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Something in the Water: Much Bornying

As we’ve noted before, The Encyclopedia of Science Fiction‘s excellent On This Day function makes for fascinating reading and, occasionally throws up days with an infeasibly high level of cool people being born. And, at the risk of disagreeing with the heir of Elendil, it is, in fact, this day.

For this day, 24th July, saw the birth, in 1802, of Alexandre Dumas – he of The Three Musketeers, The Man in the Iron Mask and The Count of Monte Cristo (among many others) fame.  Many are the SF writers who have taken inspiration from Dumas – not least Alfred Bester, whose The Stars My Destination is very much an SFnal take on The Count of Monte Cristo.

In 1878, Edward Plunkett, Baron Dunsany – better known to the world at large as Lord Dunsany  was born. He was, of course, the author The King of Elfland’s Daughter (again, among many more).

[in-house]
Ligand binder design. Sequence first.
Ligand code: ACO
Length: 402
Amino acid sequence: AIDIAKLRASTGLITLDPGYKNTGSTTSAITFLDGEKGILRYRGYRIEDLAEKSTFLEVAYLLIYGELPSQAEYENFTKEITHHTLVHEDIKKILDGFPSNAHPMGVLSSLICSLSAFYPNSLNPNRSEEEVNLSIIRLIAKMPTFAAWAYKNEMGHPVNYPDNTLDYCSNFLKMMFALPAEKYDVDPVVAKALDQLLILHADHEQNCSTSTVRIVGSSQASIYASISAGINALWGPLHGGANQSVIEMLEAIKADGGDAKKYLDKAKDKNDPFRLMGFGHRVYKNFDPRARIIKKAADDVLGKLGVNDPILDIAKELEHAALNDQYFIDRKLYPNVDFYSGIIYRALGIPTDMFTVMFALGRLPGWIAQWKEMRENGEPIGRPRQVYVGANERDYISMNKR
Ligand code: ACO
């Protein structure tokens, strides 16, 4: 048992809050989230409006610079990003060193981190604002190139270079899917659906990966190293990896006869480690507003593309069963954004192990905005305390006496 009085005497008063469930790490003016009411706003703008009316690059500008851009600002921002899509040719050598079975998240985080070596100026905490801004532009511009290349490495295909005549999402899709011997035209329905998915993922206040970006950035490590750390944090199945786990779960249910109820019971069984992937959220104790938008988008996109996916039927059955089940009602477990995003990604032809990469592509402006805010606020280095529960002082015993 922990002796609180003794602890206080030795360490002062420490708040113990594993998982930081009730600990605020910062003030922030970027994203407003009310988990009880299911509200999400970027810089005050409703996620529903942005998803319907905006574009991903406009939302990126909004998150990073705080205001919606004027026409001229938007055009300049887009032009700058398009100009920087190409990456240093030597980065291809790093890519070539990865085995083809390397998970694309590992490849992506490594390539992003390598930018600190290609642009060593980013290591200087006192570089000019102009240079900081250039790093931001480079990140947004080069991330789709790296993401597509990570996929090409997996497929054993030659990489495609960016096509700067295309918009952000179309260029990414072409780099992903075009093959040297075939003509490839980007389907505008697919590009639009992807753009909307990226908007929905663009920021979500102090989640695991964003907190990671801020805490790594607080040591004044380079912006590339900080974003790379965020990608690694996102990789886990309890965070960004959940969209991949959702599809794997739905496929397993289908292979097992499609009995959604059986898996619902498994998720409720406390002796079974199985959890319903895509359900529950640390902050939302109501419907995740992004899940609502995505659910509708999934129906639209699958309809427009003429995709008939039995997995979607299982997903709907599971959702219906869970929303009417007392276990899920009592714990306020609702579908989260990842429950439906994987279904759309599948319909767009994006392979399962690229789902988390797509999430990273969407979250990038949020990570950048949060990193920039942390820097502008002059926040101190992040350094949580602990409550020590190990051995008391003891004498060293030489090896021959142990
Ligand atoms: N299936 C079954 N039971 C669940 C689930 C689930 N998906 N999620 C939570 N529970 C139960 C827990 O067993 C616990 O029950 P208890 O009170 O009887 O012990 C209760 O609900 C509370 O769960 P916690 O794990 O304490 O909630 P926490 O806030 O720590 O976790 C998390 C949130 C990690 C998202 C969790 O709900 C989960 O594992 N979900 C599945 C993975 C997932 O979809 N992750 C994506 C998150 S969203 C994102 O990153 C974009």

Seventeen years later, it was Robert Graves turn to be bornied (or ‘born’ – really, can we grow up a bit? – Ed.), in Wimbledon, London. While a poet of great note and the author of accomplished fantasy (The Golden Fleece) and historical novels (I, Claudius), and non-fiction (The White Goddess: A Historical Grammar of Poetic Myth), he is probablty best remembered for his curation and analysis of The Greek Myths.

Finally, in 1939, Barry N. Malzberg, author, editor and walking encyclopedia of 20th century SF knowledge.

Quite a birth register for a single day. Clearly, there must have been something in the water . . .